Have you ever found yourself telling an elaborate story at a dinner party, all eyes on you, when you realize … you have no idea where the story is going? That’s precisely what it’s like when your brand doesn’t have a good story to tell: It falls flat with its audience. And if your brand doesn’t have a good story, chances are your packaging doesn’t, either.
Most brands and many of our clients have been working on focusing their stories and delivering them on pack. Even if they don’t have a riveting backstory, they strive to forge an emotional connection with consumers through narrative. In fact, “narrative” and “storytelling” are two of the biggest buzzwords in the branding world right now.
Luxury brands know that in order to get people to shell out the big bucks, they have to create a world that makes people aspire to live a certain lifestyle. A recent Louis Vuitton ad showcased Angelina Jolie on a boat in Cambodia, and Tiffany ads have always evoked a romantic, fairytale mood, long before the store was immortalized by Audrey Hepburn. But it’s interesting to see masstige brands now using storytelling on pack to attract and keep consumers. Mars’ American Heritage Chocolate, Walgreens’ Ology, Harney Teas and The Art of Shaving brands all use unique narratives to elevate their brands and connect with audiences.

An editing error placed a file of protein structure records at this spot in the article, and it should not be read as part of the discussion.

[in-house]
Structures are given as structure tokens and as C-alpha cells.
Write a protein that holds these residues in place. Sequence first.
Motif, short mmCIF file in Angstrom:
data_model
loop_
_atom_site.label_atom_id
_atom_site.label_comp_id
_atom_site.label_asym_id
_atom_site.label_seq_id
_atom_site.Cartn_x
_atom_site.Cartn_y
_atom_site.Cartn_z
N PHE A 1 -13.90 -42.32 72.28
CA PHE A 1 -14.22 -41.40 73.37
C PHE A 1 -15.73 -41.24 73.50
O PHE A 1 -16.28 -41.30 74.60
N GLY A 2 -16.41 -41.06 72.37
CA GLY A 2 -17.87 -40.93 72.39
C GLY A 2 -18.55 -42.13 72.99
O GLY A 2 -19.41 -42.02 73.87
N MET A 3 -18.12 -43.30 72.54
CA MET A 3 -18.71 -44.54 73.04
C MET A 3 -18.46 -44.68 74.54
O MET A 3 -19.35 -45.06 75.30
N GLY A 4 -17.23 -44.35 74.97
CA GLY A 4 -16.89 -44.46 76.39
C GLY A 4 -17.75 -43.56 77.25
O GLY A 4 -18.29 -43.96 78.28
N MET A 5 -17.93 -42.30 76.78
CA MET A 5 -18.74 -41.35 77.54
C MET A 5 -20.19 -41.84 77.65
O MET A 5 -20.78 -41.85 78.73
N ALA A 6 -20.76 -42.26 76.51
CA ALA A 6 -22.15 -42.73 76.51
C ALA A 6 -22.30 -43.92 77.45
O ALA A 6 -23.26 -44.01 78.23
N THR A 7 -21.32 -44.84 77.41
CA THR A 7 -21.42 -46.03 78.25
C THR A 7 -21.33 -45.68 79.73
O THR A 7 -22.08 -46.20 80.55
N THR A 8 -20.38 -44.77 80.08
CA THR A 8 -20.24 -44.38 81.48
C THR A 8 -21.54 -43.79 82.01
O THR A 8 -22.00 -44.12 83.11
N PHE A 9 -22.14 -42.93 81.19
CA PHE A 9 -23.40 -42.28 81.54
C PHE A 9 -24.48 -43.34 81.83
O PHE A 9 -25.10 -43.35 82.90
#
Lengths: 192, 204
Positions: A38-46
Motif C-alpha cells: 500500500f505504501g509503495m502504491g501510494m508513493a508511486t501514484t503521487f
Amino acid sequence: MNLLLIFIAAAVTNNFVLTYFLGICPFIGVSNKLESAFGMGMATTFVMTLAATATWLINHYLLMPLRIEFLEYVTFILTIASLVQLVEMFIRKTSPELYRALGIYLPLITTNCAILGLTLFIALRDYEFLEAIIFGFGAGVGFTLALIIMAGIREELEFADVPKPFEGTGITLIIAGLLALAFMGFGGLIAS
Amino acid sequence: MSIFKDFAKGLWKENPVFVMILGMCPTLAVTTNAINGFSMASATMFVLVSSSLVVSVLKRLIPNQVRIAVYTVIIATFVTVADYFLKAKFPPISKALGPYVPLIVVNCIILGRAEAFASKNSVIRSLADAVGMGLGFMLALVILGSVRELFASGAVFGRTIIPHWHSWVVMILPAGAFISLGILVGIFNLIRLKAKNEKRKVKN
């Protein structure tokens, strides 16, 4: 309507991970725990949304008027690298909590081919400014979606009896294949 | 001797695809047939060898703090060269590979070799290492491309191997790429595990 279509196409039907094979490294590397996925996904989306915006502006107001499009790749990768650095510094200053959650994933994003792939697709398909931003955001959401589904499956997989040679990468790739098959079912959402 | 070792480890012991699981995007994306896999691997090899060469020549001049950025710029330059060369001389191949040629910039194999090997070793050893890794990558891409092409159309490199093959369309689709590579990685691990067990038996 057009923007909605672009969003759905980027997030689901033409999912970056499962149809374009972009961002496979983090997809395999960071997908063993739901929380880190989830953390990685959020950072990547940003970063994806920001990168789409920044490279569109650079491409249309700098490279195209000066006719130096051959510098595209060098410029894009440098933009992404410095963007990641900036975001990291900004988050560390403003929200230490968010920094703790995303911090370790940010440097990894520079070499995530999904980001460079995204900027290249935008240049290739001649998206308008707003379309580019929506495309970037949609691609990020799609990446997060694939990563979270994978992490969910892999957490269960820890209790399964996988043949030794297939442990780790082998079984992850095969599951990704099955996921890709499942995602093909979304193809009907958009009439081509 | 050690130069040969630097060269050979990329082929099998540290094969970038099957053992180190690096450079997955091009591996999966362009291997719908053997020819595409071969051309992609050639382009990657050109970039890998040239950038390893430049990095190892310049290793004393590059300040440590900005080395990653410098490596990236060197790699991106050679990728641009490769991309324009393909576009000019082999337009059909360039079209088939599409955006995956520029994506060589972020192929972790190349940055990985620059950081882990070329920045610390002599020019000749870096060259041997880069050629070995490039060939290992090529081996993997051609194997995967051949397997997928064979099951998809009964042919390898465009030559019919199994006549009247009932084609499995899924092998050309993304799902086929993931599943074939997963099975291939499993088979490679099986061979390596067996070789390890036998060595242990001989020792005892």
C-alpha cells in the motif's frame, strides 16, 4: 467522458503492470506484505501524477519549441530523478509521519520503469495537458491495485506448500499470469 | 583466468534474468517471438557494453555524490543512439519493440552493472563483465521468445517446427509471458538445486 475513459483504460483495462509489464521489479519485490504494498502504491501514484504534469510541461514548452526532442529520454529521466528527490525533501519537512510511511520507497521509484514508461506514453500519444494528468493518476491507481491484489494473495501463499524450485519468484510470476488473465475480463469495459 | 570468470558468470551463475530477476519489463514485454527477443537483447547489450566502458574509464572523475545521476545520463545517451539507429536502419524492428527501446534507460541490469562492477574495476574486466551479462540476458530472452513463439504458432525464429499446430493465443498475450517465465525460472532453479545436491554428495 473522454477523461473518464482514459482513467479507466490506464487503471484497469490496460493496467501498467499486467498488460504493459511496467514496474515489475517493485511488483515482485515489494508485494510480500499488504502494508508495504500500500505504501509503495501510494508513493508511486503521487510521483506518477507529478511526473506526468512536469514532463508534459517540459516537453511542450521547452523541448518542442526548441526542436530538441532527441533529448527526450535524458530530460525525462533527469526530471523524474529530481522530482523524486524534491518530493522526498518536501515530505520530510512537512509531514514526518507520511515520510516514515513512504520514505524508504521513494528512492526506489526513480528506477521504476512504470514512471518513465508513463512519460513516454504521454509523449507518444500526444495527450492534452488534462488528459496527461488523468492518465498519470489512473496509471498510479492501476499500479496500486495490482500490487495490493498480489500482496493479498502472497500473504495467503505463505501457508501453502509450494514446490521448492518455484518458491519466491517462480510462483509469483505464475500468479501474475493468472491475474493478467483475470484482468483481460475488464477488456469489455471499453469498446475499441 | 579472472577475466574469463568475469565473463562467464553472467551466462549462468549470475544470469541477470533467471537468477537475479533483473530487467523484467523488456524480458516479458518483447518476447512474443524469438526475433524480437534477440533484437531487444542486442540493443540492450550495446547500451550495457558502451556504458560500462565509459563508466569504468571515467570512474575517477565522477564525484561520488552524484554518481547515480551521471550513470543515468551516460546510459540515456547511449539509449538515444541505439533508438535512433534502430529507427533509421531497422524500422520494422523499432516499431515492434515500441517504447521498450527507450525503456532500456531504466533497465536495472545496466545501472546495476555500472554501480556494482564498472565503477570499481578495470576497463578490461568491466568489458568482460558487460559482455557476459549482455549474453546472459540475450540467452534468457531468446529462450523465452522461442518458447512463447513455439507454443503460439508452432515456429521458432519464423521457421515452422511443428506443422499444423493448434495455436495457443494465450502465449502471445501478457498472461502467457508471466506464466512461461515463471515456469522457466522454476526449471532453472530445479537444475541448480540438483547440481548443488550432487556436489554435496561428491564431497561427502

AMERICAN HERITAGE CHOCOLATE
There have always been premium chocolate brands. Godiva set the original gold standard, and with the advent of the artisanal, small-batch food movement, a whole new generation of chocolate brands, such as Vosges, Mast Brothers and MarieBelle, have taken these confections to a new prestige level. These products feature well-crafted stories and beautiful packaging that elevate the chocolates to art. It seems that masstige brands are following suit. The recently redesigned American Heritage Chocolate — a gifting chocolate from Mars, for which my company did the redesign — puts its heritage story front-and-center. Only colors, typefaces and imagery found during the 1800s were used for the new design, yet they seem totally modern. “From the historic division of Mars” is prominently highlighted on pack. Actual writing — in a cursive reminiscent of the Declaration of Independence — appears behind a brightly colored illustration that speaks to the era and pops against an otherwise neutral palette. This historic, yet modern, look is a differentiator in the category and a more upscale direction for the brand.
A few years ago, people would have laughed if you told them that in 2013, a private-label brand would be considered upscale, let alone have a strong narrative to its brand. And yet, Walgreens’ Ology line of products has completely elevated the categories of baby, personal care and household cleaners to new levels, with a narrative that communicates the importance of a healthier, happier world through great design. Ology products are all about “well. being.” and as such, the messaging on pack plays into the origin of the product (e.g., toilet paper made from sugarcane husk and bamboo), what’s not inside (“100% Tree Free”) and just why it is good for environment (“Traditional paper is made from trees that take up to 35 years to replace.”). The packaging is meant to appear handmade, and the design CBX crafted has a hand-drawn feel that is playful, approachable and above all, really conveys the brand’s story.